Politico reported earlier today that MSNBC host Keith Olbermann made donations to three Democratic candidates, one of which came directly after the candidate had been interviewed on Countdown that very night. While there is nothing illegal about donating money to a political candidate, it is apparently in violation of NBC’s rules. But perhaps more important than violating rules, it demonstrates stunningly poor judgment. How could a guy as smart as Olbermann do something so stupid? This is not the first time, it may just be the first time Olbermann is being held to account for it. It is clear that this is Olbermann’s Waterloo.
First, some background. Politico broke the story this morning, which immediately raised eyebrows around the cable news media world. Olbermann was certainly made aware of the story, since he provided the following comment reported by Simmi Aujla:
POLITICO discovered the Olbermann donation to Grijalva in a Federal Election Commission filing, and when MSNBC was asked for a comment, it forwarded a statement from Olbermann:
“One week ago, on the night of Thursday October 28 2010, after a discussion with a friend about the state of politics in Arizona, I donated $2,400 each to the reelection campaigns of Democratic Representatives Raul Grijalva and Gabrielle Giffords,” Olbermann said. “I also donated the same amount to the campaign of Democratic Senatorial candidate Jack Conway in Kentucky.”
In his statement, Olbermann said he wasn’t using his influence to solicit any donations for the candidates.
“I did not privately or publicly encourage anyone else to donate to these campaigns, nor to any others in this election or any previous ones, nor have I previously donated to any political campaign at any level,” Olbermann said.
In the past, it seemed as though Olbermann could do nothing that would lead MSNBC President Phil Griffin to take action against him. In fact, it always appeared that those who crossed Olbermann were sanctioned, seemingly by the man himself, with Griffin simply announcing the sentence. There was the matter of David Shuster, the Donny Deutsch kerfuffle and the case of the departing production staff. All of them seemed to lead to sudden and unannounced vacations, and vociferous pushback from Olbermann that may have foretold his demise.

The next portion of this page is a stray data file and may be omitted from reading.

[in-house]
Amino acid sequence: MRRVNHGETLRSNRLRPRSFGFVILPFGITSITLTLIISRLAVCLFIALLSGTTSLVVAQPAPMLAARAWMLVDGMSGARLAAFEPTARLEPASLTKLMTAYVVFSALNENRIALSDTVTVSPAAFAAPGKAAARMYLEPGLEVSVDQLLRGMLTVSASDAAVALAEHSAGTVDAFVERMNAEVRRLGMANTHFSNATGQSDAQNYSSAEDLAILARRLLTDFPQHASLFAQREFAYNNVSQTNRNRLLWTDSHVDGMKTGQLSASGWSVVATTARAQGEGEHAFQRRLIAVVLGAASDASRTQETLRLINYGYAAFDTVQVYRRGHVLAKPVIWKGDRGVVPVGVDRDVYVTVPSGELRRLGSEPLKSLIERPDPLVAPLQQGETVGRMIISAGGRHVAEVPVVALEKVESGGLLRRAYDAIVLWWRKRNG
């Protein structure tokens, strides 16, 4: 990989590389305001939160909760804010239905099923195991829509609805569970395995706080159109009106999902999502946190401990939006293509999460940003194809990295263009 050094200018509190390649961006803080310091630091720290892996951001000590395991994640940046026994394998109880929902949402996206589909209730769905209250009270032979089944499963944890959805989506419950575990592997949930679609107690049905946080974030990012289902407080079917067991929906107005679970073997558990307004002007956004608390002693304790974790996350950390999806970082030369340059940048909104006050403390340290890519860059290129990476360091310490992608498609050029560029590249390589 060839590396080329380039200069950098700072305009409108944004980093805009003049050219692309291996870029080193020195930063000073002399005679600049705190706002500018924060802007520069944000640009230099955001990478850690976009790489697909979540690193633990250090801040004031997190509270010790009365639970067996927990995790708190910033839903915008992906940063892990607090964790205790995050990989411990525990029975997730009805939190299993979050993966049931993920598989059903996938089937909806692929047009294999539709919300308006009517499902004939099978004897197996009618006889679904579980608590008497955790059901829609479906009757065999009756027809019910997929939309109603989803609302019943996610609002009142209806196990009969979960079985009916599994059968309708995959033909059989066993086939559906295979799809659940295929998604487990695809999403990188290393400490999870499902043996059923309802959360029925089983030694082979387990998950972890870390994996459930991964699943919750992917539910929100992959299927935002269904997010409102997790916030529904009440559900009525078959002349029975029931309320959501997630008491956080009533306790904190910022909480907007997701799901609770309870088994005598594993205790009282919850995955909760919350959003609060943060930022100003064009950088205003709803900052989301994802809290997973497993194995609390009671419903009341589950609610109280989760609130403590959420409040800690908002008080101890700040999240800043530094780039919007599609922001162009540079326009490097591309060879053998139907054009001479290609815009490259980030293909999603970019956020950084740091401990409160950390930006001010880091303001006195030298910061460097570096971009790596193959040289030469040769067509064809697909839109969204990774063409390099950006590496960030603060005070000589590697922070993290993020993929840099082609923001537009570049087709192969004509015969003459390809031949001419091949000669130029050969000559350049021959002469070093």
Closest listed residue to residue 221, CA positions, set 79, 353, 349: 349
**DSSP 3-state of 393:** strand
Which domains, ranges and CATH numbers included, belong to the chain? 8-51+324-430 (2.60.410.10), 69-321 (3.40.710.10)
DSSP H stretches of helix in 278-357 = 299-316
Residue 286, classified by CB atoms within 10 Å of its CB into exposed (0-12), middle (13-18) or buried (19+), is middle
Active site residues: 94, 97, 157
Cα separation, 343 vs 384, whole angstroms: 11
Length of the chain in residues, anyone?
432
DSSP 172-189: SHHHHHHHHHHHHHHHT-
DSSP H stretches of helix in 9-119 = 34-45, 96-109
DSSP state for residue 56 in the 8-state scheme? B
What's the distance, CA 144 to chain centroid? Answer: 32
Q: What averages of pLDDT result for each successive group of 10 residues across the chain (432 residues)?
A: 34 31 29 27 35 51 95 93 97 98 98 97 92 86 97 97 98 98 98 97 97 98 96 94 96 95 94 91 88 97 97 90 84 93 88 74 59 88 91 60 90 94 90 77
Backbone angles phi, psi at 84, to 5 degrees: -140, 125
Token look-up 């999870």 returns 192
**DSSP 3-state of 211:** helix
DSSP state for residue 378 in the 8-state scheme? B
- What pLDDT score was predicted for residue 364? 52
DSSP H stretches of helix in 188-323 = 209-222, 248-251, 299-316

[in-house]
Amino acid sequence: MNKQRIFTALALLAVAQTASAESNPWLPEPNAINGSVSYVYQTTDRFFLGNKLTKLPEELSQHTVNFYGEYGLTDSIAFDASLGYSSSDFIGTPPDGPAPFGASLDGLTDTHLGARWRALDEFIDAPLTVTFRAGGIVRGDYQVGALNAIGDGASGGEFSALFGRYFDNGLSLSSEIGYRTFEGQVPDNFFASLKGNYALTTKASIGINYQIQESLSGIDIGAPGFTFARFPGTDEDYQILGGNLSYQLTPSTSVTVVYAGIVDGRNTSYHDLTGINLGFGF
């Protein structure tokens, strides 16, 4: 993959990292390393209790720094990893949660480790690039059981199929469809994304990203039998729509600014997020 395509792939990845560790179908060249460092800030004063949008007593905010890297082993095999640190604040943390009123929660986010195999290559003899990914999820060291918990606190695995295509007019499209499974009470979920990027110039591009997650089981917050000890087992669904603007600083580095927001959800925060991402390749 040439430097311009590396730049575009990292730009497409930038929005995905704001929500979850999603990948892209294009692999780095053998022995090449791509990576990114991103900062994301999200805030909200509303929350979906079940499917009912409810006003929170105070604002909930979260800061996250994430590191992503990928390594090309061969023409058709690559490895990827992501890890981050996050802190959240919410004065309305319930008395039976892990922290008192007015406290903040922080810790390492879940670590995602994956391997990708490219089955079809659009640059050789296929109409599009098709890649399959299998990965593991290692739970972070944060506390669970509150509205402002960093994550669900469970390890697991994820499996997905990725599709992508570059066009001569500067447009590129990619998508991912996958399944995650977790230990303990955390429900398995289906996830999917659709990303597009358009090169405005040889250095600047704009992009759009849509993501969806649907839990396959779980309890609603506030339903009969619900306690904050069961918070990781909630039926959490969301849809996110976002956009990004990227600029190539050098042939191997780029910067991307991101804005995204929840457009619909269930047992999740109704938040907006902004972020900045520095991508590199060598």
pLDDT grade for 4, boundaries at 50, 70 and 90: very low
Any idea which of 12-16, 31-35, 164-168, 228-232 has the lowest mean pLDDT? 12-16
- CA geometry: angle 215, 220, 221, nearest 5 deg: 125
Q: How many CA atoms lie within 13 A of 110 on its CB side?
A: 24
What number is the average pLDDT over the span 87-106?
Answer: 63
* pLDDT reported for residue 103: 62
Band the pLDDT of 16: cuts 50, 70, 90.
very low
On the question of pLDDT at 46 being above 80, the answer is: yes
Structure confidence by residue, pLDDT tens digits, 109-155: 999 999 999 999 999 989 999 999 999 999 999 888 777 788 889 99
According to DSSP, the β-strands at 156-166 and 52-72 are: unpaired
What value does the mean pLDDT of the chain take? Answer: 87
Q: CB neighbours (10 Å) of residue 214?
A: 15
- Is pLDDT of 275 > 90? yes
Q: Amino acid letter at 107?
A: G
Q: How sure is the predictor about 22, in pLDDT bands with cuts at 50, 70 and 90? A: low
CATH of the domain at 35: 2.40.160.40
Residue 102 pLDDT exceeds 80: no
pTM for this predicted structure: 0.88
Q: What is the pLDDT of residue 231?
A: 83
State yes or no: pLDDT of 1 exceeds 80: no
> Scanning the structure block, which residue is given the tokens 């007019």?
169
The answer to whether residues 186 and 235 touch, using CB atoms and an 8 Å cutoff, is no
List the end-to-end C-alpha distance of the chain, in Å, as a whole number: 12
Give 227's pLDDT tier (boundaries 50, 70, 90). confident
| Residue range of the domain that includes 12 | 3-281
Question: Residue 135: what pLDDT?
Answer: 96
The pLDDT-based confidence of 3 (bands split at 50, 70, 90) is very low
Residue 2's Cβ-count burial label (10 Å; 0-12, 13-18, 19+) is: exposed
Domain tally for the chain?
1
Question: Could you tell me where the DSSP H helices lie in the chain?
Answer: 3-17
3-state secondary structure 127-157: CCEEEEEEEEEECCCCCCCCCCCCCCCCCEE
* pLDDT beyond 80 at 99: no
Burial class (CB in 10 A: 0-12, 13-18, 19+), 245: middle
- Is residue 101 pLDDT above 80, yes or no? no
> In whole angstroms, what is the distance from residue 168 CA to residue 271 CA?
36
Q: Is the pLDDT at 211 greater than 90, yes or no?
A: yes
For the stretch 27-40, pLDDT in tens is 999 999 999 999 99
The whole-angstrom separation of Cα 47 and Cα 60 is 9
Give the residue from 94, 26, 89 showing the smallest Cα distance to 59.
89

Olber-gate is different from other controversies of its kind. Earlier this year a controversy arose over the two separate $1 Million donations given to pro-Republican groups by Fox News’ parent company News Corp., but there is a key point of contrast. News Corp. is a corporation who pays for lobbying efforts (an issue that is worthy of a different post and/or debate). On the other hand, Olbermann is a leading figure in opinion media, and liked to define himself as a journalist, always rankled at the comparison between his advocacy and that of Fox News. In fact, he liked to compare himself to Edward R. Murrow, signing off his show with Murrow’s signature “good night and good luck.”
But his admission to giving private money to campaign efforts of Democratic candidates completely blurs the line between journalism and advocacy, which is ironically the very issue he consistently takes umbrage with regarding Fox News opinion media. This event now offers the ammunition his enemies have long sought, at a time when MSNBC management no longer has the will, nor power, to protect Olbermann in the way they once did.
In September of 2009, Mediaite reported on a political ad produced by Stanford professor Lawerence Lessig, that questioned the blurred line between Olbermann’s journalism and advocacy. Olbermann took exception with the way we reported that story, and as a result, made its writer Robert Quigley, and editor, yours truly, “Worst Persons.” Perhaps then he should have listened, and taken to heart, our earnest questioning of his overt advocacy.
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